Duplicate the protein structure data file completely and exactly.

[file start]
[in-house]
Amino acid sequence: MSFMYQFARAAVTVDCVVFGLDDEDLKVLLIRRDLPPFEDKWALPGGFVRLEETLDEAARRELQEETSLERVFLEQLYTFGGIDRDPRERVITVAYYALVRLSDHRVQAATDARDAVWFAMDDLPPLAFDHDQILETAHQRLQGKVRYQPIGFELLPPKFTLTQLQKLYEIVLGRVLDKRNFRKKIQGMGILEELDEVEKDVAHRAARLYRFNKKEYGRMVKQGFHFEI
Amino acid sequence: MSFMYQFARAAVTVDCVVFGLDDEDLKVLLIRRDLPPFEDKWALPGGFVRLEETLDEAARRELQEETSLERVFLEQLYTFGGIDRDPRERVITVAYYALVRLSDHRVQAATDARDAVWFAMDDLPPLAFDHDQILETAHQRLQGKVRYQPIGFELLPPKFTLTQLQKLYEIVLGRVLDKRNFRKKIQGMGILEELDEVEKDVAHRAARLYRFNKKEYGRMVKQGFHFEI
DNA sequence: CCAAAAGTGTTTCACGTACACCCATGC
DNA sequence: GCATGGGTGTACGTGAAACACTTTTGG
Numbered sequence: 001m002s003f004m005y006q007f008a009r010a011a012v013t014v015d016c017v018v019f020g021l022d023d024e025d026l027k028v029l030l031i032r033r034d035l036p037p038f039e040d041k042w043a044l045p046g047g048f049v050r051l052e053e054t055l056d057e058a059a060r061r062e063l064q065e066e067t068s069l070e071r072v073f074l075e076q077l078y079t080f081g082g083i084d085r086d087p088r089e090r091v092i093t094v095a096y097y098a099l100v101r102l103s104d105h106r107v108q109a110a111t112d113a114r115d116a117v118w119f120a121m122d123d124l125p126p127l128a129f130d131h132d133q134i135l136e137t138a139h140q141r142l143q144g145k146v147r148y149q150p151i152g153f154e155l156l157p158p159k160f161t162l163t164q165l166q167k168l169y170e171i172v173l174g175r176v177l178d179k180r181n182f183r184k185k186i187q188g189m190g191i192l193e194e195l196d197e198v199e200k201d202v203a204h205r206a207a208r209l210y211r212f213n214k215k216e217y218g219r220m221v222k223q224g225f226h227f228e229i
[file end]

[in-house]
Amino acid sequence: MSFMYQFARAAVTVDCVVFGLDDEDLKVLLIRRDLPPFEDKWALPGGFVRLEETLDEAARRELQEETSLERVFLEQLYTFGGIDRDPRERVITVAYYALVRLSDHRVQAATDARDAVWFAMDDLPPLAFDHDQILETAHQRLQGKVRYQPIGFELLPPKFTLTQLQKLYEIVLGRVLDKRNFRKKIQGMGILEELDEVEKDVAHRAARLYRFNKKEYGRMVKQGFHFEI
Amino acid sequence: MSFMYQFARAAVTVDCVVFGLDDEDLKVLLIRRDLPPFEDKWALPGGFVRLEETLDEAARRELQEETSLERVFLEQLYTFGGIDRDPRERVITVAYYALVRLSDHRVQAATDARDAVWFAMDDLPPLAFDHDQILETAHQRLQGKVRYQPIGFELLPPKFTLTQLQKLYEIVLGRVLDKRNFRKKIQGMGILEELDEVEKDVAHRAARLYRFNKKEYGRMVKQGFHFEI
DNA sequence: CCAAAAGTGTTTCACGTACACCCATGC
DNA sequence: GCATGGGTGTACGTGAAACACTTTTGG
Numbered sequence: 001m002s003f004m005y006q007f008a009r010a011a012v013t014v015d016c017v018v019f020g021l022d023d024e025d026l027k028v029l030l031i032r033r034d035l036p037p038f039e040d041k042w043a044l045p046g047g048f049v050r051l052e053e054t055l056d057e058a059a060r061r062e063l064q065e066e067t068s069l070e071r072v073f074l075e076q077l078y079t080f081g082g083i084d085r086d087p088r089e090r091v092i093t094v095a096y097y098a099l100v101r102l103s104d105h106r107v108q109a110a111t112d113a114r115d116a117v118w119f120a121m122d123d124l125p126p127l128a129f130d131h132d133q134i135l136e137t138a139h140q141r142l143q144g145k146v147r148y149q150p151i152g153f154e155l156l157p158p159k160f161t162l163t164q165l166q167k168l169y170e171i172v173l174g175r176v177l178d179k180r181n182f183r184k185k186i187q188g189m190g191i192l193e194e195l196d197e198v199e200k201d202v203a204h205r206a207a208r209l210y211r212f213n214k215k216e217y218g219r220m221v222k223q224g225f226h227f228e229i